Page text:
President Trump again threatened to close "large portions" of the southern border on Friday if Mexico does not halt all undocumented immigrants from entering the country.
This comes after Department of Homeland Security Secretary Kirstjen Nielsen sent a letter to Congress with an "urgent request" for assistance ahead of a "system-wide meltdown" the agency faces due to a tide of migrants overwhelming the border.
Also this week, Democratic lawmakers are calling for the full release of the Mueller report, which is more than 300 pages long.
Speaker Pelosi criticized Attorney General William Barr's summary of the report as "condescending" and "arrogant" and said "it wasn't the right thing to do."
Seeking to alleviate those concerns, Barr sent a letter Friday to lawmakers saying the Justice Department will deliver the special counsel's report by mid-April, with parts redacted. He also offered to testify before the Senate and House Judiciary Committees on May 1 and 2.
House Intelligence Chairman Adam Schiff, who has led the committee's own investigation into Russian interference in the 2016 election, is now facing calls from Republican colleagues to resign as chairman for pushing a "false narrative" of collusion.
And President Trump reopened a fight over Obamacare that many believed, including some congressional Republicans, he already lost.
Vowing to make health care a centerpiece of his reelection campaign, the president tweeted, The Republican Party will become "The Party of Healthcare!"
This comes as the Justice Department shifted legal positions this week and argued the entire Affordable Care Act should be invalidated.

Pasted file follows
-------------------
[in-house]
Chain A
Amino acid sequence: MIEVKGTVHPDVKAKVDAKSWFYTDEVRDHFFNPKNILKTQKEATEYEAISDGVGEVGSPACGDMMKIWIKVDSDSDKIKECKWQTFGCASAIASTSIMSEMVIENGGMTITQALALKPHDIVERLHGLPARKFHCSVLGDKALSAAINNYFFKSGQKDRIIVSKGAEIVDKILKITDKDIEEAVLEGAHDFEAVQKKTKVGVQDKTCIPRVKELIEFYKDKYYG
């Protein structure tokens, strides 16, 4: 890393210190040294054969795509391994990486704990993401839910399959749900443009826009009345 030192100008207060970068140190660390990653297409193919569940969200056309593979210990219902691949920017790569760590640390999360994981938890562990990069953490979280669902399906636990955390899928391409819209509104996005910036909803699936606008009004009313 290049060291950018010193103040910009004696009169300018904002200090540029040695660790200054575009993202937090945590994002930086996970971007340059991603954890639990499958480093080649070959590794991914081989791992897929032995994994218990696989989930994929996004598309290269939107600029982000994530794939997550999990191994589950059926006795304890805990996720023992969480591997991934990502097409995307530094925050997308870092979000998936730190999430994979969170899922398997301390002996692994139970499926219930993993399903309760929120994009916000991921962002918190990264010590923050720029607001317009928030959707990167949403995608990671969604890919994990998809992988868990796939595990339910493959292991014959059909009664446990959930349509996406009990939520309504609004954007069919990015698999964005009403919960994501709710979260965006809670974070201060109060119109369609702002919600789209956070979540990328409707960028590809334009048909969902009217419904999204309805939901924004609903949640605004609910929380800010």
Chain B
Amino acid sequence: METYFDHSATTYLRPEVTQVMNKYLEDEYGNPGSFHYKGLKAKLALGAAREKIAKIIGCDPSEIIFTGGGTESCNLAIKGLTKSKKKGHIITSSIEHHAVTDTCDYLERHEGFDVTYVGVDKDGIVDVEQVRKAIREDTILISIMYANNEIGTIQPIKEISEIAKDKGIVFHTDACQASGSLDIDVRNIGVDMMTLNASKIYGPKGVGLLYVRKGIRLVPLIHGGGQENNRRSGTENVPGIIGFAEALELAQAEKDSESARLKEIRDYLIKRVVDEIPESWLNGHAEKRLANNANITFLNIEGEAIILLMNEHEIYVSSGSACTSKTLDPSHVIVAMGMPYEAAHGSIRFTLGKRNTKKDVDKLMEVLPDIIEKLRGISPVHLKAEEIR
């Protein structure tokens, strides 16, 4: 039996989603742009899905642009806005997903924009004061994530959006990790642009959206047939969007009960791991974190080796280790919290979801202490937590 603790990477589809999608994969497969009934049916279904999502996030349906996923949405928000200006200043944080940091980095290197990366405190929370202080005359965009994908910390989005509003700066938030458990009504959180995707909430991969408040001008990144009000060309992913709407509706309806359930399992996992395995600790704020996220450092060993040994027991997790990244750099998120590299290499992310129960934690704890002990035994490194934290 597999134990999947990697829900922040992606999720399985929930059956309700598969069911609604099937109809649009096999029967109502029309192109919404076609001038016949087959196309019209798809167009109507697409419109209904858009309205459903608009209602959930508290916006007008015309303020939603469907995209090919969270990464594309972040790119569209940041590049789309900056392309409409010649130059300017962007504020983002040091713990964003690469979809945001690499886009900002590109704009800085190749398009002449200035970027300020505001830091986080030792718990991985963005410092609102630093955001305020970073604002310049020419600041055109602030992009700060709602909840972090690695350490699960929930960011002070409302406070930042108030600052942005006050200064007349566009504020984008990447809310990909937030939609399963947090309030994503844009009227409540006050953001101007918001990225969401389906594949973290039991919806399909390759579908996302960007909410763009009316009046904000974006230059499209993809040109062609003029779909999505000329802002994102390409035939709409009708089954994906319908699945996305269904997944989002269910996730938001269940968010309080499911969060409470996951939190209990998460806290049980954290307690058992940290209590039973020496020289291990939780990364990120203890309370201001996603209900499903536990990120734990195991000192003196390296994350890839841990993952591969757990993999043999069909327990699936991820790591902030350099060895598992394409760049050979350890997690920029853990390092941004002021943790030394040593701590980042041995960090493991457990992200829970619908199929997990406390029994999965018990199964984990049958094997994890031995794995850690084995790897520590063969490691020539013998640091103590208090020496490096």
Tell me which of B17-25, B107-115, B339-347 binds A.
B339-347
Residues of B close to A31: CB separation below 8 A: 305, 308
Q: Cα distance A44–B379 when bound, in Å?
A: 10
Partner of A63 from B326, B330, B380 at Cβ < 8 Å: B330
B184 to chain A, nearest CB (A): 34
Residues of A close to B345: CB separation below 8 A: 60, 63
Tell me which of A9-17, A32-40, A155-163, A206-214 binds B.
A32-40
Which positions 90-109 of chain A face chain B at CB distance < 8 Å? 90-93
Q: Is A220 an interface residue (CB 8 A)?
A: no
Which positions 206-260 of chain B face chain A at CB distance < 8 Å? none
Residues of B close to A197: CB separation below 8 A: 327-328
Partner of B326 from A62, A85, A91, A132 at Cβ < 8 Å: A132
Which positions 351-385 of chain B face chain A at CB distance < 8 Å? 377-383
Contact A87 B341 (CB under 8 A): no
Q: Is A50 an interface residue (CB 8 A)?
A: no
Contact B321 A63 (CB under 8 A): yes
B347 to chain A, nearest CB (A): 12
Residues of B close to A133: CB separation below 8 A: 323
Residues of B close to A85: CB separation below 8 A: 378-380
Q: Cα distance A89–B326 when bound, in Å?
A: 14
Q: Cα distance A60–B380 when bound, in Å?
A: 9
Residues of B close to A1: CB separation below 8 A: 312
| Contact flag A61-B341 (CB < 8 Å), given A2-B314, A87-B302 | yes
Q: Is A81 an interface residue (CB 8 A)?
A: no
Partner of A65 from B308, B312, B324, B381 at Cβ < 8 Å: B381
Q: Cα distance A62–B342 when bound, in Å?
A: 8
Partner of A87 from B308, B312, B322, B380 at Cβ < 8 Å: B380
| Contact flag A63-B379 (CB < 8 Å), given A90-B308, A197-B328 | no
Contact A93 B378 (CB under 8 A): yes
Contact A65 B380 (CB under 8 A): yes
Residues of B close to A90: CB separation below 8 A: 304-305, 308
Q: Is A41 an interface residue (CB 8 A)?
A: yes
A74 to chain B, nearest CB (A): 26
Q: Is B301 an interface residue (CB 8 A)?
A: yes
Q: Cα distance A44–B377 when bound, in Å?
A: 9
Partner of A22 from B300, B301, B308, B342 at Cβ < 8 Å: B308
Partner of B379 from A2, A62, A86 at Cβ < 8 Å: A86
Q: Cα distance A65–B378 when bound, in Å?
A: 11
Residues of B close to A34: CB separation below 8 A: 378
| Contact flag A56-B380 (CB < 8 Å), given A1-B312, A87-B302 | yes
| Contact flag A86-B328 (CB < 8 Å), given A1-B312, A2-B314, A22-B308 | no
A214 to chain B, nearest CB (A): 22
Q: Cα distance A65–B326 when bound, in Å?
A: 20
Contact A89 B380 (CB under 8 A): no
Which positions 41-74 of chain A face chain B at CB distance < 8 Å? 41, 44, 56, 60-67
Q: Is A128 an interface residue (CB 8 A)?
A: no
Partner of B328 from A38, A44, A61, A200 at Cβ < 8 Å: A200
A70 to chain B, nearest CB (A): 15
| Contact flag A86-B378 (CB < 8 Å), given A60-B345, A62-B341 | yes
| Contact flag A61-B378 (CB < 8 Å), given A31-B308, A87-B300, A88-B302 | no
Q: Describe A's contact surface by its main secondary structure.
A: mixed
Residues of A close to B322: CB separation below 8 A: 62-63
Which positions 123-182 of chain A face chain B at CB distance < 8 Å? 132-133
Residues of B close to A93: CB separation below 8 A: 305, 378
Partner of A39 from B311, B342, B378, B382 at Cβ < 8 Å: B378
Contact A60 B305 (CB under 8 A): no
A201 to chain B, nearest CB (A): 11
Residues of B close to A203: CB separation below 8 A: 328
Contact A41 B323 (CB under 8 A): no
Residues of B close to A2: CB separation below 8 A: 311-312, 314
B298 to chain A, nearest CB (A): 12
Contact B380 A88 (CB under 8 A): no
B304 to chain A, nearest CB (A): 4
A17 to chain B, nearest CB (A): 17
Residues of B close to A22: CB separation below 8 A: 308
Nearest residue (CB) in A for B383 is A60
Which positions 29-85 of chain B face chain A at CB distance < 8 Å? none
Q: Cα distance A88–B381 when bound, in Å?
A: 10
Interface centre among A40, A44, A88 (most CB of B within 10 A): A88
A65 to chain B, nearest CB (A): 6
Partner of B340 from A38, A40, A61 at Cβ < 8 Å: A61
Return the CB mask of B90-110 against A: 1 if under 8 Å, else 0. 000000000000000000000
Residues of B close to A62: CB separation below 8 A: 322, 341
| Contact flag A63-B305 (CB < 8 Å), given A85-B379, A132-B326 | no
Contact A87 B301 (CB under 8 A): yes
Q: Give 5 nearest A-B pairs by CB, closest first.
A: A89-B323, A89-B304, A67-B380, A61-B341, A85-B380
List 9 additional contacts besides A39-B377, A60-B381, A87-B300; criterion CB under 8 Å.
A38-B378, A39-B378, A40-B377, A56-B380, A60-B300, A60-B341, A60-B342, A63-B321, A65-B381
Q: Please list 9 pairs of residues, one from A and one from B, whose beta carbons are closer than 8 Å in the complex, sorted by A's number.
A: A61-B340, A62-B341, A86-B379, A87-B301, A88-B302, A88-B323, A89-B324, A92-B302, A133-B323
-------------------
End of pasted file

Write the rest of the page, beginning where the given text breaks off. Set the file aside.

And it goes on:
However, the president faced another legal defeat on the issue Thursday when a federal judge struck down the administration's push to allow health insurance plans outside the ACA that avoid the law's coverage requirements.
The president announced he asked a small group of Republican senators "to take a look, form a really great plan," including Florida Republican Sen. Rick Scott.
The issue of health care is again emerging at the center of the 2020 Democratic platform. Most candidates have embraced the idea of universal health care, most notably Vermont Independent Sen. Bernie Sanders who is advocating a "Medicare for All" plan.
We'll talk with Sen. Bernie Sanders (@SenSanders), I-Vt. The Democratic presidential candidate is back in Burlington after a campaign swing through California last weekend.
We'll hear also from Florida Republican Sen. Rick Scott (@SenRickScott), who introduced an amendment to protect health care coverage for people with pre-existing conditions.
For discussion on the latest developments in the 2020 presidential race:
- CBS News Political Correspondent Ed O'Keefe (@edokeefe)
- Jamal Simmons (@JamalSimmons) of Hill.TV
- CBS News Political Reporter Caitlin Huey-Burns (@CHueyBurns)
And as always, we'll turn to our panel for some perspective on the week that was:
- Jamelle Bouie (@jbouie) of The New York Times
- Jonah Goldberg (@JonahNRO) of the National Review
- Anna Palmer (@apalmerdc) of Politico
- Kelsey Snell (@kelsey_snell) of NPR
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